Breast cancer is not necessarily caused by hereditary factors. The majority of breast cancer cases are associated with mutations in cells that were developed during a person's lifetime.
However, there is a small percentage of breast cancer patients who do acquire the disease because of genetic predispositions. Mutations in BRCA1 and BRCA2 genes can be inherited, which will increase a person's chances of developing breast cancer. But not everybody who inherits these mutations will develop the disease.
Breast cancer is more common in women than in men, but men can also inherit BRCA mutations. This means men can also be at risk of developing breast cancer and also for passing on the mutated genes to their children.
If you have these genetic mutations or a strong family history of breast cancer, it is sometimes recommended to receive a breast MRI and a mammogram every year at a younger age.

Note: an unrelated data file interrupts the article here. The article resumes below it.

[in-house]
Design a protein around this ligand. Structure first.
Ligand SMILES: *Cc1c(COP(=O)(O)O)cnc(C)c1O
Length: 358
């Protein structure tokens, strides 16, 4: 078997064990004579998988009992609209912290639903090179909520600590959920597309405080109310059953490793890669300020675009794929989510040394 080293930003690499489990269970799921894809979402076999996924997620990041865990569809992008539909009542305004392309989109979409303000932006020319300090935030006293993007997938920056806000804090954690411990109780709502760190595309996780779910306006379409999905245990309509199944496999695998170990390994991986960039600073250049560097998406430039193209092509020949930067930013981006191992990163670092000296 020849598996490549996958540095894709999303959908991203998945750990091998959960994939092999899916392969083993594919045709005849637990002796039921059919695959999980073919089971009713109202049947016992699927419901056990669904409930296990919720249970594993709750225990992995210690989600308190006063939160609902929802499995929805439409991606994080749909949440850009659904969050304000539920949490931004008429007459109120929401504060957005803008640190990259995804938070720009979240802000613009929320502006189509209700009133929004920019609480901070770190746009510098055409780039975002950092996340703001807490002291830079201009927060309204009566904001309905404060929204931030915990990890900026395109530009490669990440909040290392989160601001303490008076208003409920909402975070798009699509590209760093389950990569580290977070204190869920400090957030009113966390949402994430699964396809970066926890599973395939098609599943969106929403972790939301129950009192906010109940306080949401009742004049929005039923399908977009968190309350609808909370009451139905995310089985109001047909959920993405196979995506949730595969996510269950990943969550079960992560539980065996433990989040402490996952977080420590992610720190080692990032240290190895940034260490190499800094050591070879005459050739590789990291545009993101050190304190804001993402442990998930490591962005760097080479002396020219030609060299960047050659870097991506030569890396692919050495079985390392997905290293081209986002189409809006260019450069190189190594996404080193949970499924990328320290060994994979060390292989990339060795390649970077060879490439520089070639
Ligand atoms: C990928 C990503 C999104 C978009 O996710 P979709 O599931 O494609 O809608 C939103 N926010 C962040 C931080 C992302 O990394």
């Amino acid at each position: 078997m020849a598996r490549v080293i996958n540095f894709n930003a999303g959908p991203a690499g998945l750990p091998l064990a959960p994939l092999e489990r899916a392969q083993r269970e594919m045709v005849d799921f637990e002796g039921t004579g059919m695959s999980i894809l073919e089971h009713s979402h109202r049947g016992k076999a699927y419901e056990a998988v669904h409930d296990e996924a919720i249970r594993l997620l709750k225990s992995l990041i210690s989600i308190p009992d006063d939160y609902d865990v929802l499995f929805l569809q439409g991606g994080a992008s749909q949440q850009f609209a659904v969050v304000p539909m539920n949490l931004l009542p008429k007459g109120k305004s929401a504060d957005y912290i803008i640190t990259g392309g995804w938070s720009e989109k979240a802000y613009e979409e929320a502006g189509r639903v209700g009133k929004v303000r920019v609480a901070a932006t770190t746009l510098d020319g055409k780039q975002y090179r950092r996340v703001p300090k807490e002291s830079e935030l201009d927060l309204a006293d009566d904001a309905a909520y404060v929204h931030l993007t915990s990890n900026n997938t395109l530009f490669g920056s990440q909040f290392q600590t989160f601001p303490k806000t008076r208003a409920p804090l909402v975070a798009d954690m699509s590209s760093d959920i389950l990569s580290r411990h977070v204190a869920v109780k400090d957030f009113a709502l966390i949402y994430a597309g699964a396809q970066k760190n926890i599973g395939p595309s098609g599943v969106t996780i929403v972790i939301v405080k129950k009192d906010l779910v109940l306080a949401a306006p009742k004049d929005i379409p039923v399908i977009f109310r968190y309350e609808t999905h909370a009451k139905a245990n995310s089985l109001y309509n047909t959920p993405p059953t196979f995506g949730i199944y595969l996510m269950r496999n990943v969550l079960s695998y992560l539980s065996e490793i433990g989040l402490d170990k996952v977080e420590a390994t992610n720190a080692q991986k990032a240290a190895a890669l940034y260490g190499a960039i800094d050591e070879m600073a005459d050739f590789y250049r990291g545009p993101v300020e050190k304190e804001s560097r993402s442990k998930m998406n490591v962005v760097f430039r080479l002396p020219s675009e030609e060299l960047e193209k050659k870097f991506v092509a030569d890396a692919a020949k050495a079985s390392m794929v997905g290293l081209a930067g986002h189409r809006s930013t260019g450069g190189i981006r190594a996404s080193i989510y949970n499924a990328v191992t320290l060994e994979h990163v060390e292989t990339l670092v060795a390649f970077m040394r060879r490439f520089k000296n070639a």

Screening for breast cancer early and often can help catch the disease at an early stage. And catching the disease at an early stage will increase your chances of survival.
Inherited breast cancer is caused by two abnormal genes, BRCA1 and BRCA2, or breast cancer gene one and breast cancer gene two. Everyone has these genes, but when there are abnormalities present in these genes that is when there is a risk for breast cancer.